Then there is HELIOS, the housing program for beneficiaries of international protection, whose expiration date continues to be postponed. Planned to be operative only until November 2020, it was extended to February 2021 and the latest proclaimed end date is June 30, 2021, it is unknown if it will be once again extended. HELIOS presents its own set of issues as it does not address the realities that beneficiaries of international protection find themselves in: from difficulties experienced in opening a bank account, to finding spaces to rent with landlords who will agree to become a part of the accommodation scheme. In addition, the International Organization for Migration (IOM) added new eligibility criteria for the HELIOS housing program: beneficiaries of international protection who refused to leave their previous accommodation in due time will not be allowed to access the HELIOS program, despite the fact that many would have faced immediate homelessness had they done so. The new criterion is not mentioned in their handbook, but informally communicated to beneficiaries.
All the while, a number of recognized refugees and beneficiaries of international protection have decided to leave Greece for other European countries, despite the 3-month restriction, in the hope of finding adequate living conditions, a chance for their children to receive an education and a chance to integrate into a more tolerant society.
Upon arrival in another European state, they re-apply for asylum, a practice that EU politics likes to refer to as “asylum shopping”. While there have been some cases of recognized refugees being granted asylum, in reality it is unlikely they will be granted any form of residency or regularization. The German Federal Office for Migration and Refugees recently announced that applications from recognized refugees will be placed at the back of the queue, stating that Greece needs to take adequate measures to integrate their beneficiaries of international protection. However, the German administration — once again using vulnerable populations as pawns in EU politics — fail to acknowledge that their policies equally work to sabotage integration.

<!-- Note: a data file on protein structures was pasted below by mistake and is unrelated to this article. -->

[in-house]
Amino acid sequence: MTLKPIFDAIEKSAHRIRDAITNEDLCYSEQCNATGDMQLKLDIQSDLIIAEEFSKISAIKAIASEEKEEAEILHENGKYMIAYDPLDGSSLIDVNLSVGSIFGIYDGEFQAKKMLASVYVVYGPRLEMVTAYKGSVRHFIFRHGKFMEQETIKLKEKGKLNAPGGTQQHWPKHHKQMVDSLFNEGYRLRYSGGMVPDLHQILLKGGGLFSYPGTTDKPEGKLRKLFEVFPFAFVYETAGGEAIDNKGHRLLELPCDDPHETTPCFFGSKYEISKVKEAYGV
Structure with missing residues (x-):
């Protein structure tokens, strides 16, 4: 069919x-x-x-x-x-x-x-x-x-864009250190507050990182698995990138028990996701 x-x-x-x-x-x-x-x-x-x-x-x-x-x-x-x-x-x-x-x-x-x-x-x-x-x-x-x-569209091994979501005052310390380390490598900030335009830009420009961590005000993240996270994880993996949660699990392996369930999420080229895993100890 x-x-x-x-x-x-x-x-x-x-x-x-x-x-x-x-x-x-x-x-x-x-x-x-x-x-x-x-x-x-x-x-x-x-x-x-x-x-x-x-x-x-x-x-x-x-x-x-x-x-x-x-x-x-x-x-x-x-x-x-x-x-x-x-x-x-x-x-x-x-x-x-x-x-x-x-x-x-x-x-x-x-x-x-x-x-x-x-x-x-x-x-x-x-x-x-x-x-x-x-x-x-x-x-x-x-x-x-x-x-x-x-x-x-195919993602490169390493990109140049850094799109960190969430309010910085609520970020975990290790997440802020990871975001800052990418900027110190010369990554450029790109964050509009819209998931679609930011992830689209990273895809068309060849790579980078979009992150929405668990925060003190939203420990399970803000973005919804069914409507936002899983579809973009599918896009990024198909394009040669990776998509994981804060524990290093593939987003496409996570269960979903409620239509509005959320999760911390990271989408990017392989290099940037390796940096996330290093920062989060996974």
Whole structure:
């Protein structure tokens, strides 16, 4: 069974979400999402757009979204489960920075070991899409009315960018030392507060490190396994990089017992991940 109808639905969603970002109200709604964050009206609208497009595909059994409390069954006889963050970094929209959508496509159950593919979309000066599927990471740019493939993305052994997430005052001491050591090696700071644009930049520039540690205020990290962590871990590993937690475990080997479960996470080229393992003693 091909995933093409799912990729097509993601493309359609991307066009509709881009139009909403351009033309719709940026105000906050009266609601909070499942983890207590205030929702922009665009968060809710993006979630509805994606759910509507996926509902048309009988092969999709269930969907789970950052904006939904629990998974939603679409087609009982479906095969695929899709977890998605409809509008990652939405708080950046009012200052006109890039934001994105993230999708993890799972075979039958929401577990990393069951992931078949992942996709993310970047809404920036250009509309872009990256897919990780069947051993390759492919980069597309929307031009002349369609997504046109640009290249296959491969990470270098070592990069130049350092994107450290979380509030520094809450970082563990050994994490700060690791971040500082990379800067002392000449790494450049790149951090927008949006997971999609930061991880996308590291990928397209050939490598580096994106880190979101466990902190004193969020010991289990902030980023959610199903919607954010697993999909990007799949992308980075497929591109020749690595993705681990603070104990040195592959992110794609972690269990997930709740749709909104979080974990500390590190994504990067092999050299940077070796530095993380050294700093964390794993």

Article by Alexandra Bogos, Mobile Info Team.
Read their full report: THE LIVING CONDITIONS OF APPLICANTS AND BENEFICIARIES OF INTERNATIONAL PROTECTION.
Find daily updates and special reports on our Medium page.
If you wish to contribute, either by writing a report or a story, or by joining the info gathering team, please let us know.
We strive to echo correct news from the ground through collaboration and fairness. Every effort has been made to credit organisations and individuals with regard to the supply of information, video, and photo material (in cases where the source wanted to be accredited). Please notify us regarding corrections.
If there’s anything you want to share or comment, contact us through Facebook, Twitter or write to: firstname.lastname@example.org